Discover the musical stylings and skills of Acris crepitans and Hyla versicolor, more commonly known as cricket frogs and gray tree frogs. They provide an outdoor soundtrack suite while munching on pesky insects that are not so sweet. Learn more in this week's Discover Nature Note.
These mammal moms are made for mobility. Opossums are the only marsupials in North America. Females have fur-lined front pouches to raise their large broods which are born blind and hairless, weighing less than a dime. Despite their scruffy looks, these scavengers are natural cleaners, gobbling up thousands of ticks and eating cockroaches, rats, mice, and more. Check them outin this week's Discover Nature Note.
In 1969, Neil Armstrong walked on the moon and the St. Louis Blues were in the Stanley Cup. To ease social tensions at that time, St. Louis became a national, pilot city for an urban fishing program. Catch the unique story of urban fishing and why it's so popular today in this week's Discover Nature Note.
Eastern and Western meadowlarks sing a different tune, but both birds can be found in grasslands. They sing from perches and nest on the ground. Learn their different songs and find help identifying bird features in this week's Discover Nature Note.
Freshwater mussels are a powerhouse for cleaning our waters. They have a fantasia-like way of reproducing with the help of host fish. Discover their power and risks, and how you can help protect them in this week's Discover Nature Note.
It's always on the move and brings it's home along too! It is both common and unusual. Its mouth is on the bottom of its foot. It has a foot but no leg. It leaves a trail wherever it goes. This mobile critter has a lot of mechanical features with special attachments. Learn more about this ancient creature found worldwide in this week's Discover Nature Note.
Poet Henry David Thoreau wrote that the bluebird, "carries the sky on its back". Learn more about this symbol of happiness and how you can help them and watch them raise a family by building a nest box.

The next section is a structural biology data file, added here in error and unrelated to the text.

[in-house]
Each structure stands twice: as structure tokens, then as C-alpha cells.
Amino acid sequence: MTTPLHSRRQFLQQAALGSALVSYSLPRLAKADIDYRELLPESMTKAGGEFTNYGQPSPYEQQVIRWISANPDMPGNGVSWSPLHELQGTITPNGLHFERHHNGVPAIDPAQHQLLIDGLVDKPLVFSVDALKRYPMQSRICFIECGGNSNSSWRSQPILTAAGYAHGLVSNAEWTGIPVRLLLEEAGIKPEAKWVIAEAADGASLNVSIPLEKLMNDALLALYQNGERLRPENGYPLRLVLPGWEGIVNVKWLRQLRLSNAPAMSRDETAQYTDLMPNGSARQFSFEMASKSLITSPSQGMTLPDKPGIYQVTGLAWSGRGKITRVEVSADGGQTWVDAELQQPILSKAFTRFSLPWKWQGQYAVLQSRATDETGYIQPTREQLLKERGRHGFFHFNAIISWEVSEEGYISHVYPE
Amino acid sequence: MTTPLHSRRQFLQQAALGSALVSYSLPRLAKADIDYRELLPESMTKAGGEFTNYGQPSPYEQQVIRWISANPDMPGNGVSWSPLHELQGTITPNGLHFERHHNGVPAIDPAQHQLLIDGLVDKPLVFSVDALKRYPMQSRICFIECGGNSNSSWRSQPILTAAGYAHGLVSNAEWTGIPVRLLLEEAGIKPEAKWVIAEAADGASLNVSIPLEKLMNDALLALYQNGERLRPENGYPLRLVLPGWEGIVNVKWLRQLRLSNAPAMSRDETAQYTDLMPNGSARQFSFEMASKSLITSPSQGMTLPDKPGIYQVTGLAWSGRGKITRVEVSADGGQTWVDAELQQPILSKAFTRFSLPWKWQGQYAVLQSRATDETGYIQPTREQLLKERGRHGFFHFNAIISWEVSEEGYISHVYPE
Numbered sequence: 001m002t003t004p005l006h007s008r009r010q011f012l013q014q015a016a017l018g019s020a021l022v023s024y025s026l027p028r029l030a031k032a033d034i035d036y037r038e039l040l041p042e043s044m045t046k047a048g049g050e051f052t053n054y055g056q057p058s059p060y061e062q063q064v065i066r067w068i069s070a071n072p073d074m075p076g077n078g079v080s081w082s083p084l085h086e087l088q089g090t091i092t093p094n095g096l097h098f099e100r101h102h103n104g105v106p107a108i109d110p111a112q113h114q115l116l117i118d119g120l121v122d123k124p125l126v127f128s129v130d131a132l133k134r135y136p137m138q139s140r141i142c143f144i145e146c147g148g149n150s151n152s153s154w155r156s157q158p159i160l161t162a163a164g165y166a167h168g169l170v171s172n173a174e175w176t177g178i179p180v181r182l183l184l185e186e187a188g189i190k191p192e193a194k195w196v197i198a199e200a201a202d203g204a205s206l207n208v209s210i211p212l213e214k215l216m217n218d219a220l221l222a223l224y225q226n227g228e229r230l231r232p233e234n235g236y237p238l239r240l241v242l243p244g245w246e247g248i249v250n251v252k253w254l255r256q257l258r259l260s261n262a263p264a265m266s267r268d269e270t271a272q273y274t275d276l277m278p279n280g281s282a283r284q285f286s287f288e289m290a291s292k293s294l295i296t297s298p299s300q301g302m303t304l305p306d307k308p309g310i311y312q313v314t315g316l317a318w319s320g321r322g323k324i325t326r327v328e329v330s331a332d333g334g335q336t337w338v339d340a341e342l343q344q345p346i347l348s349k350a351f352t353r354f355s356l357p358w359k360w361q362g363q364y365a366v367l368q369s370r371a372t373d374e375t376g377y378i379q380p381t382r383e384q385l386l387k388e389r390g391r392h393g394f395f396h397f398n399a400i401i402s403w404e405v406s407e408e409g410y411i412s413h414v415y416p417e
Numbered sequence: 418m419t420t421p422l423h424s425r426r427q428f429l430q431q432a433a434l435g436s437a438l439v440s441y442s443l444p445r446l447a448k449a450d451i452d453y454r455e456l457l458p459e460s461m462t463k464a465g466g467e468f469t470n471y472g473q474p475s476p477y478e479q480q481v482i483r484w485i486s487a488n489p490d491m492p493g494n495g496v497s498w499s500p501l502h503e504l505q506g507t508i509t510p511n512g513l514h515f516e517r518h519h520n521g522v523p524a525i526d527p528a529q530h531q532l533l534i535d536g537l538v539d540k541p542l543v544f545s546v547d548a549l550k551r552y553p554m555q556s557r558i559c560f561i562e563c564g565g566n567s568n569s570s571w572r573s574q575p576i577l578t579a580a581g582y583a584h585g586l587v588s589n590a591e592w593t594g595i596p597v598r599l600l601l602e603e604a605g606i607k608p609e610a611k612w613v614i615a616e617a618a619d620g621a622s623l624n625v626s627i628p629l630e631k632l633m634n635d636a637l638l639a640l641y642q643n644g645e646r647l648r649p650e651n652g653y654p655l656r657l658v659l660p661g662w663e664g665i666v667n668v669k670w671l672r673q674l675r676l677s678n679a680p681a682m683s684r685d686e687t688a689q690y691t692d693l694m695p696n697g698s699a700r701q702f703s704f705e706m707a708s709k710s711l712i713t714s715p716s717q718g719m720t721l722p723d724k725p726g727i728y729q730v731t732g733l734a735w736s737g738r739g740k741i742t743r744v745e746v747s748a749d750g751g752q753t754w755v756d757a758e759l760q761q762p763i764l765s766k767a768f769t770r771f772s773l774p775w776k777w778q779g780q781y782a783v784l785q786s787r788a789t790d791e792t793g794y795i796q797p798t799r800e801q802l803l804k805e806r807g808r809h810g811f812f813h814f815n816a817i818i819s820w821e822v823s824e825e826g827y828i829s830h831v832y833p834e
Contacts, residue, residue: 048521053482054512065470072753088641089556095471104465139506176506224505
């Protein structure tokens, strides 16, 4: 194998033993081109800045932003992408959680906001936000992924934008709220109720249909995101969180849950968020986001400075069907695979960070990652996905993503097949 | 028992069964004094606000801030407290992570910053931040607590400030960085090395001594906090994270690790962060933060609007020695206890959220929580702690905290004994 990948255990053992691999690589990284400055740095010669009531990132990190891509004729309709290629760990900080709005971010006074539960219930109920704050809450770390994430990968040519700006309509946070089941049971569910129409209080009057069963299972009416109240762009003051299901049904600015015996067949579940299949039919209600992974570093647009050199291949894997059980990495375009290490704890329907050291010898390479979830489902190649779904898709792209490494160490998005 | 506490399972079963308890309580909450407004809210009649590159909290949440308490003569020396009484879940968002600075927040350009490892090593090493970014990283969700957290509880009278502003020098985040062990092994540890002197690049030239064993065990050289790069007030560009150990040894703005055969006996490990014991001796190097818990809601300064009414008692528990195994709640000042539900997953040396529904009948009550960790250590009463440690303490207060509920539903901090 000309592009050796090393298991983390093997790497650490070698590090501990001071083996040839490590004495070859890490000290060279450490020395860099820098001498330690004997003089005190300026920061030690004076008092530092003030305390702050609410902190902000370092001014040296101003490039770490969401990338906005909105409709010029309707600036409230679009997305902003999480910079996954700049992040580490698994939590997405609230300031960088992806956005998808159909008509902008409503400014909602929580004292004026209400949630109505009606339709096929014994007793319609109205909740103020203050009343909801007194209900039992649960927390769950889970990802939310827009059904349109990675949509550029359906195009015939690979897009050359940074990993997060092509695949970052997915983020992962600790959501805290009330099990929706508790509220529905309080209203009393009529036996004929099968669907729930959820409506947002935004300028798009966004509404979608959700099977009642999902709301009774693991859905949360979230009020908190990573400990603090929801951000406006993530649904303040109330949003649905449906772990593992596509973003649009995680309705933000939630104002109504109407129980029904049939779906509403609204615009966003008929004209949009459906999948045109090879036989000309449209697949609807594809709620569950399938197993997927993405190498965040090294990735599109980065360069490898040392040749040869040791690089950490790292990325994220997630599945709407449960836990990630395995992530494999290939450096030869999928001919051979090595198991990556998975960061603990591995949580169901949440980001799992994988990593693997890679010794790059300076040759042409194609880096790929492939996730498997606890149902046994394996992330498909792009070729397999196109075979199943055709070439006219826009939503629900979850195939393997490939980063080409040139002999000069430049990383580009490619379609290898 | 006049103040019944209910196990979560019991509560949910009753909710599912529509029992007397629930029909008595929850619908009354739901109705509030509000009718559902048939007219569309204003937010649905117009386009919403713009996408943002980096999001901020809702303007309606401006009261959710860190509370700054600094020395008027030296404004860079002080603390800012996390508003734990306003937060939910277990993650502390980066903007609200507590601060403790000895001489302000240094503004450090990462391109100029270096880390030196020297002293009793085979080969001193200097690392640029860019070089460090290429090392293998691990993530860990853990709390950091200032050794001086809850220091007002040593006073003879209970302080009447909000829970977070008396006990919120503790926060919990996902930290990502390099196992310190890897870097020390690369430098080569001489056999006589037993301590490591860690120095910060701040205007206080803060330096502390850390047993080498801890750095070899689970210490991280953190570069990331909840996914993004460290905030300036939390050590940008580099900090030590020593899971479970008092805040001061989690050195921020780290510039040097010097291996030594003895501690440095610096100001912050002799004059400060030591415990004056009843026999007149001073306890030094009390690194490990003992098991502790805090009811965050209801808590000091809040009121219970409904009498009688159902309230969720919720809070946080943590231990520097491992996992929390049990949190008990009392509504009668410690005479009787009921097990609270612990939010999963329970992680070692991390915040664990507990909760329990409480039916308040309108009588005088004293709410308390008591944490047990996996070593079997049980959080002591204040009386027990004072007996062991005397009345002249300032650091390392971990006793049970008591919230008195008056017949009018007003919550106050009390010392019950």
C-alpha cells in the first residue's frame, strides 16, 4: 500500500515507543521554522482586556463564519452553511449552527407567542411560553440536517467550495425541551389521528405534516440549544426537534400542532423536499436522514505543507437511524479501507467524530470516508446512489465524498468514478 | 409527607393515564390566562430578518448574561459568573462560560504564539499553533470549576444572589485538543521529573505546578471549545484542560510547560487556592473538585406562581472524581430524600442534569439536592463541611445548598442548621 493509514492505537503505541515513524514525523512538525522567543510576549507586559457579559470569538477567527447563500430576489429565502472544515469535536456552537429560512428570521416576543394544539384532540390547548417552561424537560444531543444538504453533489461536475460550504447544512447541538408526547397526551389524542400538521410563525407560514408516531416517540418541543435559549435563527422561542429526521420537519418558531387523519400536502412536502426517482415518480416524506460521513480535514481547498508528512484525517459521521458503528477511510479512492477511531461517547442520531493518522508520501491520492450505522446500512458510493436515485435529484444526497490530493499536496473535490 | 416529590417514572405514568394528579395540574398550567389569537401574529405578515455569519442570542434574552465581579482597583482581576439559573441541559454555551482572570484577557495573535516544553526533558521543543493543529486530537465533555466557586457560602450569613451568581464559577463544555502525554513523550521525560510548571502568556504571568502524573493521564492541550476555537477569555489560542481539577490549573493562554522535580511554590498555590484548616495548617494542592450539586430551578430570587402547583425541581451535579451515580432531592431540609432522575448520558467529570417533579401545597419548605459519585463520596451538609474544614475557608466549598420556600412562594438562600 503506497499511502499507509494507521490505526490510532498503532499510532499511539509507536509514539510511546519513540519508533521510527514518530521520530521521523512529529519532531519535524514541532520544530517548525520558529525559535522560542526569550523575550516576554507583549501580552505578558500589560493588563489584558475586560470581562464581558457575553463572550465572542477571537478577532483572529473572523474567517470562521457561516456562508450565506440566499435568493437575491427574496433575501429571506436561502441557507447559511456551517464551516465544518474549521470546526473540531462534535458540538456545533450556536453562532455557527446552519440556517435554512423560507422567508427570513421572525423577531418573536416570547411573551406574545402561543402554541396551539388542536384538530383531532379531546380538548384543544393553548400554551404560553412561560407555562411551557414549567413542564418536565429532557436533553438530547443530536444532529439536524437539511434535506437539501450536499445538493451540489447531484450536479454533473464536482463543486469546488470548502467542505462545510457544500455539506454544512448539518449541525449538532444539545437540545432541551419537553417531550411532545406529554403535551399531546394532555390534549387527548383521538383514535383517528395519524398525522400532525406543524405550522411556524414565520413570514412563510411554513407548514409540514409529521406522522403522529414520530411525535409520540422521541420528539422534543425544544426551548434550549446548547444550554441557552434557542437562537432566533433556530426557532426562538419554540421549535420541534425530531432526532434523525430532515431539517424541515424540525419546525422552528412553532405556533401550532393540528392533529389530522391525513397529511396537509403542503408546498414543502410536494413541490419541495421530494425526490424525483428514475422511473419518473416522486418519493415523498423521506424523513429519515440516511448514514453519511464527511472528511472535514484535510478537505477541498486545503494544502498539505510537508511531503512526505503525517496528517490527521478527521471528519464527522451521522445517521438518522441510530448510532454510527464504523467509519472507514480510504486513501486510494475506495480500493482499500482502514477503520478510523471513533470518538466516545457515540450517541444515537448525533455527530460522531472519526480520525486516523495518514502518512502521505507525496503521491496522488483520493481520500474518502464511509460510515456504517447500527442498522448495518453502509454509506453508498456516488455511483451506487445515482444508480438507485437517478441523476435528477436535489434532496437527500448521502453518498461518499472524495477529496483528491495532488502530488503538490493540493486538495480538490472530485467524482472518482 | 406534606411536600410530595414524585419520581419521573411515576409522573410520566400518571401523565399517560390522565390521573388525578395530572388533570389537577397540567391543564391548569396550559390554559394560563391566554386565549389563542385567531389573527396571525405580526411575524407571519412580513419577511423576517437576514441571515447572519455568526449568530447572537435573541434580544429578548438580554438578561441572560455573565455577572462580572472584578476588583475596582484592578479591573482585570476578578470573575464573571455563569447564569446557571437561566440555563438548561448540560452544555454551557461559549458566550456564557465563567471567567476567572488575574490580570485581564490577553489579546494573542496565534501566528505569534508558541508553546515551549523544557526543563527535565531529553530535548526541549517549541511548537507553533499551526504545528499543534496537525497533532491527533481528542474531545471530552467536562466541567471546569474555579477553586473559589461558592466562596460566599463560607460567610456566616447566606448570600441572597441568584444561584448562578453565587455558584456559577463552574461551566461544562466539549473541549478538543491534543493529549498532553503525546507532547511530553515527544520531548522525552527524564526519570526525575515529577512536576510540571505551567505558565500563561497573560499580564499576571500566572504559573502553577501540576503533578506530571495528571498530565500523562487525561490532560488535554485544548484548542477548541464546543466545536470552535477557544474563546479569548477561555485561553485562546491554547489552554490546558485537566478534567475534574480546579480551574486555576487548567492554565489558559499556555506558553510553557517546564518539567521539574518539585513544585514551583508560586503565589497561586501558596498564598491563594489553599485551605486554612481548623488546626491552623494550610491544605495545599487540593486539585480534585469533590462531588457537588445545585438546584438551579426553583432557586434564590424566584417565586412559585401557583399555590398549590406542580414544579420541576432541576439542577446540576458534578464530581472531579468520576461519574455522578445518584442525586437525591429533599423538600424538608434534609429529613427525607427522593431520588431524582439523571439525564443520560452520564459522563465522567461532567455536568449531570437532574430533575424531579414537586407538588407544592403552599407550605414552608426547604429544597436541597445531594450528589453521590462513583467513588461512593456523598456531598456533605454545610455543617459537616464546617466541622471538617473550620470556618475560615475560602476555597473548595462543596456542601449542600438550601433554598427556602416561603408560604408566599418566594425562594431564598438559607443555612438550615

There are thousands of ferns with creative names and healthy features. You can now officially go "gaga" over them with a new genus of 19 plants named after Lady Gaga, inspired by a grammy costume and DNA sequencing. Discover the resurrection fern. It comes back to life, has been to space, and is used medicinally. Learn more in this week's Discover Nature Notes blog.
Male prairie chickens boom, jump in the air, and compete for the attention of hens. The hens take their time strolling by before picking a mate. See their spring dance and learn what's being done to save them in this week's Discover Nature Note.
Wile E. Coyote never could catch the roadrunner in cartoons, but in reality, coyotes have keen survival skills. Learn how two famous Missourians shaped their image, and how to deal with them in urban areas in this week's Discover Nature Note.
Here are three adventures to get you out of the house and into Missouri's great outdoors this winter. They offer a chance to engage all the senses as well as your family and friends. Tap into the fun in this week's Discover Nature Note.
The pileated woodpecker is the real-life inspiration for the Woody Woodpecker cartoon. Its real call is more piercing than the familiar "ha-ha, ha-ha-hah". Spongy skull bones help protect their brains during tree hammering. Learn more in this week's Discover Nature Note.